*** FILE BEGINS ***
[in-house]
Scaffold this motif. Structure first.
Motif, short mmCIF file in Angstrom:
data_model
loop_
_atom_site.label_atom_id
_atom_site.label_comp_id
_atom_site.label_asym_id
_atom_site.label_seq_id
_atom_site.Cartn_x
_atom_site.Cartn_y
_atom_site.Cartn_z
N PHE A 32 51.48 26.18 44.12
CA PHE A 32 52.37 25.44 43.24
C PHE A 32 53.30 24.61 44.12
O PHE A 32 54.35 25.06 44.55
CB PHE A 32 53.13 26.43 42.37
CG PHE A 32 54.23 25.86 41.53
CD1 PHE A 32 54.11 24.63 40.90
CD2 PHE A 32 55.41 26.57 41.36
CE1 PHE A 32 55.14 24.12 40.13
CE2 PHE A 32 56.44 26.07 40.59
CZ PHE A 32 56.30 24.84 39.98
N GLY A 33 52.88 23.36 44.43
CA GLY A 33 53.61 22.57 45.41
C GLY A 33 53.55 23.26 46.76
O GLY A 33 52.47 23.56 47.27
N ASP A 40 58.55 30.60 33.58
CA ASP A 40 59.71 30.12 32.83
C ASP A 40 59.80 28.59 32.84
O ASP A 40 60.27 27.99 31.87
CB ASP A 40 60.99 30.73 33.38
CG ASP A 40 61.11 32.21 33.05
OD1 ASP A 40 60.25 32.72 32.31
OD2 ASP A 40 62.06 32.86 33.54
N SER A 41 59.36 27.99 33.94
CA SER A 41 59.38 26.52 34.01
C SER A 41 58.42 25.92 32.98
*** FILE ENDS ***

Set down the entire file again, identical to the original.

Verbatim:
[in-house]
Scaffold this motif. Structure first.
Motif, short mmCIF file in Angstrom:
data_model
loop_
_atom_site.label_atom_id
_atom_site.label_comp_id
_atom_site.label_asym_id
_atom_site.label_seq_id
_atom_site.Cartn_x
_atom_site.Cartn_y
_atom_site.Cartn_z
N PHE A 32 51.48 26.18 44.12
CA PHE A 32 52.37 25.44 43.24
C PHE A 32 53.30 24.61 44.12
O PHE A 32 54.35 25.06 44.55
CB PHE A 32 53.13 26.43 42.37
CG PHE A 32 54.23 25.86 41.53
CD1 PHE A 32 54.11 24.63 40.90
CD2 PHE A 32 55.41 26.57 41.36
CE1 PHE A 32 55.14 24.12 40.13
CE2 PHE A 32 56.44 26.07 40.59
CZ PHE A 32 56.30 24.84 39.98
N GLY A 33 52.88 23.36 44.43
CA GLY A 33 53.61 22.57 45.41
C GLY A 33 53.55 23.26 46.76
O GLY A 33 52.47 23.56 47.27
N ASP A 40 58.55 30.60 33.58
CA ASP A 40 59.71 30.12 32.83
C ASP A 40 59.80 28.59 32.84
O ASP A 40 60.27 27.99 31.87
CB ASP A 40 60.99 30.73 33.38
CG ASP A 40 61.11 32.21 33.05
OD1 ASP A 40 60.25 32.72 32.31
OD2 ASP A 40 62.06 32.86 33.54
N SER A 41 59.36 27.99 33.94
CA SER A 41 59.38 26.52 34.01
C SER A 41 58.42 25.92 32.98